This One Important Number Says Everything About Your Financial Health

August 30, 2016
by Jamie Cattanach
Contributor

Do you know your net worth?

Actually, first — do you know what net worth is?

What is Net Worth?

At its heart, net worth is really simple: It’s the total value of all of your assets, minus the total value of all of your liabilities.

So if you add up the value of everything you own, including all your investments and all the money in your bank account…

… and then subtract all the debt you owe, including everything from your student loans and mortgage to taxes…

…the number on the bottom line is your net worth.

It’s also the number you’re talking about when you sit around speculating about how much your favorite TV star is “worth.”

It’s a pretty simple calculation — but ultimately, it’s a theoretical number.

No matter what your net worth is, it most likely isn’t equal to the amount of cash you could access today — or even in a couple of weeks.

Unless, of course, you’ve sold all your possessions and live out of a backpack and only have $200 in cash to your name… or you’ve decided to give up money completely.

To actually obtain your net worth in cash, you’d have to sell everything you have and settle all your debts, which is a process that sounds so time- and labor-intensive you should be glad it usually only happens after you die.

All that to say nothing of the unfortunate fact that, for a lot of us (read: anyone with any as-yet-unpayable debt, so just about every person who’s ever gone to college in the U.S.), net worth might actually be a negative number.

At the time of this writing, I fall into that craptastic statistic myself, owing to a particularly un-smart money move I made before I got my TPH gig. Oops.

But maybe we’re getting a couple of steps ahead of ourselves.

Cool, I Understand Net Worth… But Who Cares?

Why does knowing your net worth matter?

Well, from a pragmatic standpoint, it’s a metric lenders use to decide if they’ll loan you any money. If you ever want a small business loan, for instance, you’ll probably need some net worth — no matter how stellar your credit.

But even if you’re not planning on taking out any kind of loan, net worth is a powerful personal finance tool.

Basically, it boils down your financial health into a number. And tracking that number carries the answer to a powerful question: Are you gaining wealth?

Or are you losing it? Even if you’re not in actual debt, failing to invest and earn comes at an opportunity cost.

Furthermore, tracking your net worth can help you achieve your personal finance goals. It makes your money matters — which are so frequently abstract and digitized and not in your hands — tangible and distinct.

And it also makes paying down debt that much sweeter.

“Even though I don’t like having to pay a monthly mortgage payment,” says financial writer Danny Kofke, “every time I do so I am increasing my net worth.”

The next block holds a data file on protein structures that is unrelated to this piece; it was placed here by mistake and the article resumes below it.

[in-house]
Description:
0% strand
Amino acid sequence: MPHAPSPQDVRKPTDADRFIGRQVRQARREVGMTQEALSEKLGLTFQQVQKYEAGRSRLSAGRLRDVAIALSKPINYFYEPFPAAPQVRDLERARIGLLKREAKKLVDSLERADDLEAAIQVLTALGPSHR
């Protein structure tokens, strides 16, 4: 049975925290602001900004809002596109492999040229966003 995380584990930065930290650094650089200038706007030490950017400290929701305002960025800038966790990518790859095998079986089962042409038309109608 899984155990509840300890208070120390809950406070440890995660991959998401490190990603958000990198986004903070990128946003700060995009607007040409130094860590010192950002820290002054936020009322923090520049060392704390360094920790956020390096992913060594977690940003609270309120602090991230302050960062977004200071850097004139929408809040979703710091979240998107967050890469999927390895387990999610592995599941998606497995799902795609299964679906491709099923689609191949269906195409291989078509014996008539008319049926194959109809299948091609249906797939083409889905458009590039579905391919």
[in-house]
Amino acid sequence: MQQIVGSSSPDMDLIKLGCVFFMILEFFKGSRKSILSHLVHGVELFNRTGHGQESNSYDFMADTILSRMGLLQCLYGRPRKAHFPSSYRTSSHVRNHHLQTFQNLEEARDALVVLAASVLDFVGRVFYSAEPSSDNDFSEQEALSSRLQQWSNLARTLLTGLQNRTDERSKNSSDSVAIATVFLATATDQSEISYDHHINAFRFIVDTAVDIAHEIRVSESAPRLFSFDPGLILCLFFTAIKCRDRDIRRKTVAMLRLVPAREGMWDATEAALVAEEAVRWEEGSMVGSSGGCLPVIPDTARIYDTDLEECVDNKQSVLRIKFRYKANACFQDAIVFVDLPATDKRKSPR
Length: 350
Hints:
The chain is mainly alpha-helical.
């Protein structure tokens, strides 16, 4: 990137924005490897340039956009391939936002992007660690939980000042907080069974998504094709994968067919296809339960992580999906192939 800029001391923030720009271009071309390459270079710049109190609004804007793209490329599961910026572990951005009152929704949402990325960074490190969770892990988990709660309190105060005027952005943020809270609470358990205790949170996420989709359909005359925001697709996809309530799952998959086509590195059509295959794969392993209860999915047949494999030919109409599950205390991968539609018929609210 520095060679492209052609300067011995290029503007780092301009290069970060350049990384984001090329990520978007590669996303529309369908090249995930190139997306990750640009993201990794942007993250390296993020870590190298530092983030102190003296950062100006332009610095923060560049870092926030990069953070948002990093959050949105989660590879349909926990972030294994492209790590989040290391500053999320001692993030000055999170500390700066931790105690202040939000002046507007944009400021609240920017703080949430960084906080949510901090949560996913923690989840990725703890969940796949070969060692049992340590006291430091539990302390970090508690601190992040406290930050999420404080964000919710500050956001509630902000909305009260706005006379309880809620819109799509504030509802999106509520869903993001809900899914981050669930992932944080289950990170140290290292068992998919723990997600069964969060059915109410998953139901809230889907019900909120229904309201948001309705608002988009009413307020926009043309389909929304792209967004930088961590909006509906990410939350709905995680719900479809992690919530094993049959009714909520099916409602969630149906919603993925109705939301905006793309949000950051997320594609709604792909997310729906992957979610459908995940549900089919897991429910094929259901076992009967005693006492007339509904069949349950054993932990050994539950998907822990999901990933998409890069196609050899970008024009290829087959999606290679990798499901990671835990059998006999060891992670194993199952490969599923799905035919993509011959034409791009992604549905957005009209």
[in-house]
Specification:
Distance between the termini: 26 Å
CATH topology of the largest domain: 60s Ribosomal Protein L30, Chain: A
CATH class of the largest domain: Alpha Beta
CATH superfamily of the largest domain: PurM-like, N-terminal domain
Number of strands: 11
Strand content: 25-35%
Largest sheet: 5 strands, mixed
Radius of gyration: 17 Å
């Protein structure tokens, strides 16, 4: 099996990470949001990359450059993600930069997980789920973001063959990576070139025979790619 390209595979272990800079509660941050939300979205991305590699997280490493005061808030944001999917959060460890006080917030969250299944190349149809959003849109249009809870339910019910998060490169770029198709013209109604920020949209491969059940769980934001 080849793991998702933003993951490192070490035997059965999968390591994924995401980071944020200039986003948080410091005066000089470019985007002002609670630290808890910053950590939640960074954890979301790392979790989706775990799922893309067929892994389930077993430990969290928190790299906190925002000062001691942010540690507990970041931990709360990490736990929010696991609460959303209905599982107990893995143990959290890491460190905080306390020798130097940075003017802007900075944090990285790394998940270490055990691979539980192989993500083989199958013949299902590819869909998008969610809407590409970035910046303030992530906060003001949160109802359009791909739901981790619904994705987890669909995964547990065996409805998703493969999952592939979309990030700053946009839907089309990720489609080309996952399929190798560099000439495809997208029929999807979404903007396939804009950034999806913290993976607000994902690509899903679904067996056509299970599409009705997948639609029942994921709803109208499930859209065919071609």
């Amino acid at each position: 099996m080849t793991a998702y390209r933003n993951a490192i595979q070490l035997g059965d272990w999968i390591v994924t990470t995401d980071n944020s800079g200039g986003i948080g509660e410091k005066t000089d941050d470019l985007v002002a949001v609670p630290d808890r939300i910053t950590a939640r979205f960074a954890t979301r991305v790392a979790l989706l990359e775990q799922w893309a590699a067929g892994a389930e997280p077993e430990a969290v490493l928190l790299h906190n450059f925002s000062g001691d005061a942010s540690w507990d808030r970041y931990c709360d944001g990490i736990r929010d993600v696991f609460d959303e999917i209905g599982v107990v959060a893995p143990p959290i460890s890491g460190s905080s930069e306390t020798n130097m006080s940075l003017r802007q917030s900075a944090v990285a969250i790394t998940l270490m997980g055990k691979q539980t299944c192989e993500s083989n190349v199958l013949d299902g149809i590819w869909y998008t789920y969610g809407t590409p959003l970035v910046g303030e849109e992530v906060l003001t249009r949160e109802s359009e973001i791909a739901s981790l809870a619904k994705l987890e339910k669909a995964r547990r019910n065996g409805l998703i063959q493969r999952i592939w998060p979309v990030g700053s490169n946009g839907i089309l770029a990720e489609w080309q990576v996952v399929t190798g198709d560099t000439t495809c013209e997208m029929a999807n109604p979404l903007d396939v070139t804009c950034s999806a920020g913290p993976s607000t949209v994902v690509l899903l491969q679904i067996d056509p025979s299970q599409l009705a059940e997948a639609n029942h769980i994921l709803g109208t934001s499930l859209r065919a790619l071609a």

It’s kind of like gamifying your finances.

If you stick a fast number on your goal, it makes it that much easier to think about it in terms of a score — which can be even more motivating than dollar signs.

Ready to Calculate Your Net Worth?

So. Want to know your number?

If itemizing all your possessions and other assets seems labor-intensive to you, never fear — the ‘net is awash with calculators that make it quick and painless.

If you already use Mint religiously to track your budget and spending habits, you can find an accurate figure for your net worth there, too.

And even if you go the pen-and-paper route, it’s not as bad as it seems. You don’t actually figure everything you own into your assets, because many items lose their resale value pretty quickly — or didn’t have much to begin with.

“Clothing” and “household goods” might figure into your assets, writes certified financial planner and enrolled agent Mathew Dahlberg. However, if you “were forced to sell these items to raise cash, the secondhand value (would be) significantly less” than what you might think — and maybe even negligible.

In short, your sweatpants probably don’t figure into your net worth, unless you own these.

Once you calculate that fateful figure, you can assess how much financial work you’ve got to do to get it where you want it to be.

And as it happens, we’ve got some posts to help you get started.

First things first: It’s time to sit down and set some tangible financial goals. One of them might be achieving a specific net worth!

If you find yourself in the red, you’ve gotta fix that first — and fast. Here are 11 creative strategies for paying down credit card (or any other) debt as quickly as possible.

Finally, find some new ways to earn a little extra cash. You can only make so many cuts — but with these flexible, smart ways to make some money on the side, you’ve got lots of ways to bolster your income.

Giving your financial status a good, hard look is the first step, so congratulations — you’ll be in the black before you know it.

Your Turn: What are you going to do to increase your net worth?

Jamie Cattanach is a staff writer at The Penny Hoarder. Her writing has also been featured at Word Riot, DMQ Review, Hinchas de Poesia and elsewhere. Find @JamieCattanach on Twitter to wave hello.

by Jamie Cattanach
Contributor for The Penny Hoarder

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